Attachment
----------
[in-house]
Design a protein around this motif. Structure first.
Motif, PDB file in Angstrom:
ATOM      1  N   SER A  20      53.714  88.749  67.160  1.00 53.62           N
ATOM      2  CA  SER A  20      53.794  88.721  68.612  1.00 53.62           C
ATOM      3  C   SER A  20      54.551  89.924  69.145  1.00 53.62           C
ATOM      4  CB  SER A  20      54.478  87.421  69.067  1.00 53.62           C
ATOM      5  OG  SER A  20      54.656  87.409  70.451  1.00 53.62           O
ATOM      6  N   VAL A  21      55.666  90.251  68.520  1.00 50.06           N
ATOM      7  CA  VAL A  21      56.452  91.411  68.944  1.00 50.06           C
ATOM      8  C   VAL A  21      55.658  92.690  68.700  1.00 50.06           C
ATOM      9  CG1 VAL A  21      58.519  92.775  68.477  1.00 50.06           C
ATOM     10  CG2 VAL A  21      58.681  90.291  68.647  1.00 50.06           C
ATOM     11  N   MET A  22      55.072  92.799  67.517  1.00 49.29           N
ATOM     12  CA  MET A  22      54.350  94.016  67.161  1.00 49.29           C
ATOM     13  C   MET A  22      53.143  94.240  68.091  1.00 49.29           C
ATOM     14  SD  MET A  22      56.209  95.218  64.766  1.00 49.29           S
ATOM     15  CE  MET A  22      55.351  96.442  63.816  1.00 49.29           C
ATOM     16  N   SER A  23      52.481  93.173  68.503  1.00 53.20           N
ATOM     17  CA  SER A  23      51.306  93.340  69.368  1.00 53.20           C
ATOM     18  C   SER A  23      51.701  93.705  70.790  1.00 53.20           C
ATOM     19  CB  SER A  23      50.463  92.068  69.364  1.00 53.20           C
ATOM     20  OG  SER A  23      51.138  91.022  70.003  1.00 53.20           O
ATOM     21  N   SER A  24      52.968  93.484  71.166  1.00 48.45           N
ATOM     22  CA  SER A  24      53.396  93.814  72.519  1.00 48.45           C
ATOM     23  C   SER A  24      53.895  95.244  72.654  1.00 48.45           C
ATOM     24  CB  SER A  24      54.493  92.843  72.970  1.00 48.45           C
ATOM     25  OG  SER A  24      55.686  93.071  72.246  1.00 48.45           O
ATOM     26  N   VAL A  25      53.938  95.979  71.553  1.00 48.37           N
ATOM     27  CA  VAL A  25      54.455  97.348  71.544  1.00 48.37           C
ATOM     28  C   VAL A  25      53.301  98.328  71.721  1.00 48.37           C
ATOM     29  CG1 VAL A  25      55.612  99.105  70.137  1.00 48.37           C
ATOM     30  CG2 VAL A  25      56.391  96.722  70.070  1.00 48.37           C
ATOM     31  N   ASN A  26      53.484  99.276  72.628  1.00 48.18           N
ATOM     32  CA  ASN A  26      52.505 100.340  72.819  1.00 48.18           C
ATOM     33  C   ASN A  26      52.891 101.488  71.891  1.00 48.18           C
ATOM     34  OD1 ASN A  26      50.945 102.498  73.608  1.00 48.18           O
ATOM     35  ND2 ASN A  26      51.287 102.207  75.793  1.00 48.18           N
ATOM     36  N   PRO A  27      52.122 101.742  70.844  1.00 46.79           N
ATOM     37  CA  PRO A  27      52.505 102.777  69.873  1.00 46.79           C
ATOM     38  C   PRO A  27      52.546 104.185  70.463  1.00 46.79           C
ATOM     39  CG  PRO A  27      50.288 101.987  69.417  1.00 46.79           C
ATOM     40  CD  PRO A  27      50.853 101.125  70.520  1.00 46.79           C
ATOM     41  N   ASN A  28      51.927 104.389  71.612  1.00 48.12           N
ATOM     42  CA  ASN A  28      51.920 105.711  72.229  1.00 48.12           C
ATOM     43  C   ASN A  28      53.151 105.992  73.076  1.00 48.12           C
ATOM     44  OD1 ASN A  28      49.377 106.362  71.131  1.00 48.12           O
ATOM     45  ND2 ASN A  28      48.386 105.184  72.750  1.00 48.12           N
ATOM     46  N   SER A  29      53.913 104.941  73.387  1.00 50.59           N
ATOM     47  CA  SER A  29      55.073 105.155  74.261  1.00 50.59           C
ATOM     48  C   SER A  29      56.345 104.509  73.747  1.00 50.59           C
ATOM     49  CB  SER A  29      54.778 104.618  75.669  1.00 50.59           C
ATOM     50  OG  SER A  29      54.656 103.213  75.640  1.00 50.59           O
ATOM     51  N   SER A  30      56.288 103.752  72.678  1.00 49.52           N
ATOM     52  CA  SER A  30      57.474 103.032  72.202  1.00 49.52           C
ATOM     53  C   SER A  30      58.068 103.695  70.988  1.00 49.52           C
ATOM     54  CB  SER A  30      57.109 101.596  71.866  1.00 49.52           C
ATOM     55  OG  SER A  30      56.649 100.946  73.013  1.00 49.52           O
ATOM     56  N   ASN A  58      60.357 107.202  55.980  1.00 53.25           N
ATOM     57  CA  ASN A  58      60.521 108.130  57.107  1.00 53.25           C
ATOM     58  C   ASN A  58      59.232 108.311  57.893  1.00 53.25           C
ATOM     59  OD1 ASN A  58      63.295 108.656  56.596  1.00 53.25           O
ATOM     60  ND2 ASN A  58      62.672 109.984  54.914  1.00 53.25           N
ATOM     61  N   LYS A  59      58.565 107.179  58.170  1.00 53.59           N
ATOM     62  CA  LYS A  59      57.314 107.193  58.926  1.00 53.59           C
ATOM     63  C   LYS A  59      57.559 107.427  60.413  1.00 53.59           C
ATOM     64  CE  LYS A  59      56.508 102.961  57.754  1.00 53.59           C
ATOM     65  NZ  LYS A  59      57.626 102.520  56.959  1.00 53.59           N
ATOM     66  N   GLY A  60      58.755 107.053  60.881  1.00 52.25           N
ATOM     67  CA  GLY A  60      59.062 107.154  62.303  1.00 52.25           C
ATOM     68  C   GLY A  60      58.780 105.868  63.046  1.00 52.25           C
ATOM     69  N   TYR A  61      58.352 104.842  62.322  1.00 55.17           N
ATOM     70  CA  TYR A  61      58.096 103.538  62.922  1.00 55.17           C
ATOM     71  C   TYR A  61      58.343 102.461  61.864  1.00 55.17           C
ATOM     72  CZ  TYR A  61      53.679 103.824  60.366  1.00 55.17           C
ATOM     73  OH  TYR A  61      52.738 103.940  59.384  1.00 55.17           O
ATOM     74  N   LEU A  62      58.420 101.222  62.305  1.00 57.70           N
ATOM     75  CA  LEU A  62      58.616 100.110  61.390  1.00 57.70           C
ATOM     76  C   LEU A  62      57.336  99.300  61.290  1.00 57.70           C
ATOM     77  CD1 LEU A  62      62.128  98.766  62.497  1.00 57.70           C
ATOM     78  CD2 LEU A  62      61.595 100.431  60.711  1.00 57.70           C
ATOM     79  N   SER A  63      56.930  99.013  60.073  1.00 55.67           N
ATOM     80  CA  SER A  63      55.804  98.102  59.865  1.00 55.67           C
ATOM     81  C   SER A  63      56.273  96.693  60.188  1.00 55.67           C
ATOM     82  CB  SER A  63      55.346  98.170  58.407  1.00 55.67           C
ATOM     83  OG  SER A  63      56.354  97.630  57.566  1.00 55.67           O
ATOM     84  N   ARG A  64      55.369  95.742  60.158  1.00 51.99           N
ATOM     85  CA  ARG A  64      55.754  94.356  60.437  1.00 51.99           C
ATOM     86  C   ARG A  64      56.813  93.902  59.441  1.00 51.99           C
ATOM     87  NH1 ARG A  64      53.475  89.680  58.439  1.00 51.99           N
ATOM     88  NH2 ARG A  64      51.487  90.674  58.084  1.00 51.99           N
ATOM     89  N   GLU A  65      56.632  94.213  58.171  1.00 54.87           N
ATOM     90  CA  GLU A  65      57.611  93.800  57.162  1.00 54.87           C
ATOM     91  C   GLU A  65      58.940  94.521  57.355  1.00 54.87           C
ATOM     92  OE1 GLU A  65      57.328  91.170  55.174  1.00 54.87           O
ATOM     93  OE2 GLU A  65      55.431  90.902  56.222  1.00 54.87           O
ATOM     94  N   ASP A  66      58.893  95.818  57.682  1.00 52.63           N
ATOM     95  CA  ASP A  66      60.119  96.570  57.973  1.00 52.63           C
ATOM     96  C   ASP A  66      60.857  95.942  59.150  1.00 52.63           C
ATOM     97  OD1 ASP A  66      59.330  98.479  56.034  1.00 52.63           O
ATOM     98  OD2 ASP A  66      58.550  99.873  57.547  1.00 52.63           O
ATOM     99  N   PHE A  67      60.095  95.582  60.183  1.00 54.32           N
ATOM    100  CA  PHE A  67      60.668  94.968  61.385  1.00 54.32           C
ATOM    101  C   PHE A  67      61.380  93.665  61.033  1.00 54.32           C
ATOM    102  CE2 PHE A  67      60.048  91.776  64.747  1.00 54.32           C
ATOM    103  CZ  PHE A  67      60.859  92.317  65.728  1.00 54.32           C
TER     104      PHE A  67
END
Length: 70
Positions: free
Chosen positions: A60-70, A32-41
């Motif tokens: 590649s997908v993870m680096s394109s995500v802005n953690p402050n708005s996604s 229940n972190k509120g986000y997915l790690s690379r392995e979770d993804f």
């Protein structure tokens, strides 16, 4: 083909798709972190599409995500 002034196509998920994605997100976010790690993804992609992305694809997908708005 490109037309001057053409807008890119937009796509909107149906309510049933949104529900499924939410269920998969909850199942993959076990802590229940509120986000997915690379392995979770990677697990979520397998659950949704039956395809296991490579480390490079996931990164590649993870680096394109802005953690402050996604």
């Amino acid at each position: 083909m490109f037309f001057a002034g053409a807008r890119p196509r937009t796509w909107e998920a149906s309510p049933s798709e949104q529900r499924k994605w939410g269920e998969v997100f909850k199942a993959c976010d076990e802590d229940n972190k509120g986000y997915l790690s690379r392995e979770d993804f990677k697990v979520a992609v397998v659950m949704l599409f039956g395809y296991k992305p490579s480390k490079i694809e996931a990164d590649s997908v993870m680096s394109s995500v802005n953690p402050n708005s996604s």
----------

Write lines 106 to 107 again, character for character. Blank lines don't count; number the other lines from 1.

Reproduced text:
ATOM    103  CZ  PHE A  67      60.859  92.317  65.728  1.00 54.32           C
TER     104      PHE A  67